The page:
As he practiced on the range at TPC Sawgrass Wednesday, Charles Howell continuously checked his alignment using a shaft that lay in front of his toes. One after another, he took dead aim and hit short irons at the flags. Anthony Kim is the young gun of the moment after an impressive win at the Wachovia Championship last week, but not too long ago Howell was pegged as the next can't-miss kid. A two-time All-American at Oklahoma State, he'd won the NCAA championship in 2000 and was the PGA Tour's rookie of the year in 2001. The skinny kid had a swing that made his coach, David Leadbetter, gush with pride. His power seemed effortless, he hit laser-like irons and some prognosticators even thought he could give his buddy, Tiger Woods, a run for his money.
Over the past six years, Howell has won twice and made two Presidents Cup teams, but the 28-year-old from Augusta, Ga., has never been a factor at a major. His best performance is a tie for 10th at the 2003 PGA Championship at Oak Hill.
Last December Howell signed an endorsement deal with Bridgestone and ended a long relationship with Callaway Golf. When asked why he switched, he very politely refused to explain. "I really can't answer that one," he said. "I mean, I know you've got to ask, but ..."
After plenty of testing at Bridgestone's facility in Covington, Ga., and on the range at Isleworth Country Club in Orlando, where he lives, Howell now plays the Bridgestone J36 cavity back irons (3-6) and J36 blades (7-PW).
"Honestly, it's just a whole lot of trial and error. Bridgestone opened up their doors to me and said, 'What do you want? What are you looking for?' We sat down and talked about the look I'm after, and then what I want the clubs to do. They built a lot and I hit a lot."
One unique aspect of Howell's irons is that they have more bounce than standard. "I have quite a bit of lag in my golf swing, and I take pretty large divots," he explained. By adding bounce to his irons, the leading edges do not dig into the turf through impact. It's the same principal that allows a high-bounce sand wedge to work easily in bunkers.
But for Howell, like most pros who switch manufacturers, the mental adjustments are the toughest part of an equipment change. "It's just trusting that the golf ball is going to do what you want it to do. Trusting what the irons are going to do and trusting the distance it's going to go." Only time, hard work and good results can create that.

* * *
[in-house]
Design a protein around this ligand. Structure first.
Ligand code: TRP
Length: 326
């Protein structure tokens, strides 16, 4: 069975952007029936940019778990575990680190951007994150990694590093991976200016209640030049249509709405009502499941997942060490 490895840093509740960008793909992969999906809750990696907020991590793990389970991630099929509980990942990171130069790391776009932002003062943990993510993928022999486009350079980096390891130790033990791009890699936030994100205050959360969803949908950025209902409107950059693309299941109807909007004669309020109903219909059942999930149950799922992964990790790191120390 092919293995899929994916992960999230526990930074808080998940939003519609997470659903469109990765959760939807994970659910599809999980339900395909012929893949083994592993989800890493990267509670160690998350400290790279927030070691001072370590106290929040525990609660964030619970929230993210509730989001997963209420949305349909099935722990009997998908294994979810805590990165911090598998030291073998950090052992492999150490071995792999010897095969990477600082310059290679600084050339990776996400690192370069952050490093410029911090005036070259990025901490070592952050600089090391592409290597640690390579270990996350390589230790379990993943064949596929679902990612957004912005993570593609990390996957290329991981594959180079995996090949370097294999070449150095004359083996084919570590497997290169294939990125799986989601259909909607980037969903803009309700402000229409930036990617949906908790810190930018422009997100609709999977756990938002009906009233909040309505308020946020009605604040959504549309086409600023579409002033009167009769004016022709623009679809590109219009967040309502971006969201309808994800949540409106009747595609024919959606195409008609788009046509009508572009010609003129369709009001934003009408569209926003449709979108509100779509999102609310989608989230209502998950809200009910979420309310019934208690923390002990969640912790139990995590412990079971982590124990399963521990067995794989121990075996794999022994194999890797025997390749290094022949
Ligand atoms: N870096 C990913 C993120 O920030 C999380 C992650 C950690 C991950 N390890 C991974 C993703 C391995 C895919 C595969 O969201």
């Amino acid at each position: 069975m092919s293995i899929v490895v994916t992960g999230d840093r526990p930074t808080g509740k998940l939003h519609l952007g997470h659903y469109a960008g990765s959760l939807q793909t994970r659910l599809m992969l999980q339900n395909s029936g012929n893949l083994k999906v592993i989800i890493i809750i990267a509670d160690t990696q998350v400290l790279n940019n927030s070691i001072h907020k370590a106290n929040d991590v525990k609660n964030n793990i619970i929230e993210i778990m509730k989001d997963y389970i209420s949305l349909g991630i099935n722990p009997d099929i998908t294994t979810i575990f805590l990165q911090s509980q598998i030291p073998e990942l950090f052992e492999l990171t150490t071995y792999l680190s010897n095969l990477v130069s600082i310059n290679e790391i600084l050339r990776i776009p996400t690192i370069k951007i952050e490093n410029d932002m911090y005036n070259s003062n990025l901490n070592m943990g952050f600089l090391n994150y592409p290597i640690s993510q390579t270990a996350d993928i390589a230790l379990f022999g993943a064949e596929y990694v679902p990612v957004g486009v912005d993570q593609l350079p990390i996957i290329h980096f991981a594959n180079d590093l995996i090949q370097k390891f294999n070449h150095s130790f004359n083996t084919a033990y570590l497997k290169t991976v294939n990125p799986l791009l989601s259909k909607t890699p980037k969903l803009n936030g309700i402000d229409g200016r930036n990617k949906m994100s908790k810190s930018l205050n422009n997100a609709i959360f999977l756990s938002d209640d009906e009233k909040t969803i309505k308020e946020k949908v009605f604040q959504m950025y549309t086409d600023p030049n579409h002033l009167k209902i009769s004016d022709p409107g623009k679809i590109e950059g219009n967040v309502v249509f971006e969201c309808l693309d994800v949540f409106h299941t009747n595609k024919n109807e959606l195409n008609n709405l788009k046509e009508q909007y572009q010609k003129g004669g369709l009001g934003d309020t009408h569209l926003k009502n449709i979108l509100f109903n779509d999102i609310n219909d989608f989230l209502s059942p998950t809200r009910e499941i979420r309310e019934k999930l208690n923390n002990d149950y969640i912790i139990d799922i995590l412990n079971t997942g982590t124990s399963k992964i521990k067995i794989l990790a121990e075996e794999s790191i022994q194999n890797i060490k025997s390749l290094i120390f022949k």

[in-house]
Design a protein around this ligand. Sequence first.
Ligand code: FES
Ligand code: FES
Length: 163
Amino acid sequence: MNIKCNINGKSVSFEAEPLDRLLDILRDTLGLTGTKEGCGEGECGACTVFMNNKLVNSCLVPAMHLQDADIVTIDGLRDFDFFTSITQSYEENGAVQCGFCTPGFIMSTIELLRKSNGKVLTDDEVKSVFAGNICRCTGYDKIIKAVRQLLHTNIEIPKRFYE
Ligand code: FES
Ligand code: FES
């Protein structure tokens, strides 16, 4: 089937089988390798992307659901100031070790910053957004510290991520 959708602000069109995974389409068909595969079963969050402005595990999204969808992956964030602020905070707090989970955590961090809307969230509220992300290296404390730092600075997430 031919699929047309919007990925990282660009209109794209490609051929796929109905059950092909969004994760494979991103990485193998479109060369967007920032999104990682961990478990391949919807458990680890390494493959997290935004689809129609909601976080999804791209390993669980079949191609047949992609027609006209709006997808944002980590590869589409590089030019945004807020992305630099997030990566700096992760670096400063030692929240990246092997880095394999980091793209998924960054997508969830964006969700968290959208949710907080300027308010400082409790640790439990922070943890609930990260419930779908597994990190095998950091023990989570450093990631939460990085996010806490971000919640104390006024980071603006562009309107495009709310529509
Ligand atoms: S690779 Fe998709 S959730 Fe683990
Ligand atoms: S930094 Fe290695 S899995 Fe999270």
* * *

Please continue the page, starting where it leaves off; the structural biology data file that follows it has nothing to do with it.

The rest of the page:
Howell's only top-10 finish this season was a tie for eighth at the limited-field, no-cut Mercedes Benz Championship at Kapalua.
"Obviously when you've played with another company's stuff for eight years, there is a learning curve," he said before shooting 79-74 and missing the cut this week. "My golf game is getting a little better, but I just haven't scored very well so far this year."
The stats indicate that Howell's new irons have not been a magic bullet for his game — he is hitting 64.42% of the greens in regulation in 2008, up just 1.05% from last season.
But when the subject of his putter came up, Howell seemed more upbeat.
"I'm using the TaylorMade Spider putter and it's been good. It's a little different look, but man, it's extremely stable."
Howell's Spider has a small amount of toe-drop, meaning it's not completely face-balanced like other large-head or mallet-style putters. "You would think that it would want to go straight back and straight through, but it really wants to go on a little arc," he noted. "The other thing about the Spider is that no matter where I hit it on the face, it always rolls out the same. You don't have to hit it dead-nuts in the center."
Howell is capable of winning again. He is still young, his work ethic is solid and his swing still looks great. As he and his new irons get more acquainted, there is no reason why he can't still fulfill all those lofty expectations. (Photo by Mark Humphrey/AP)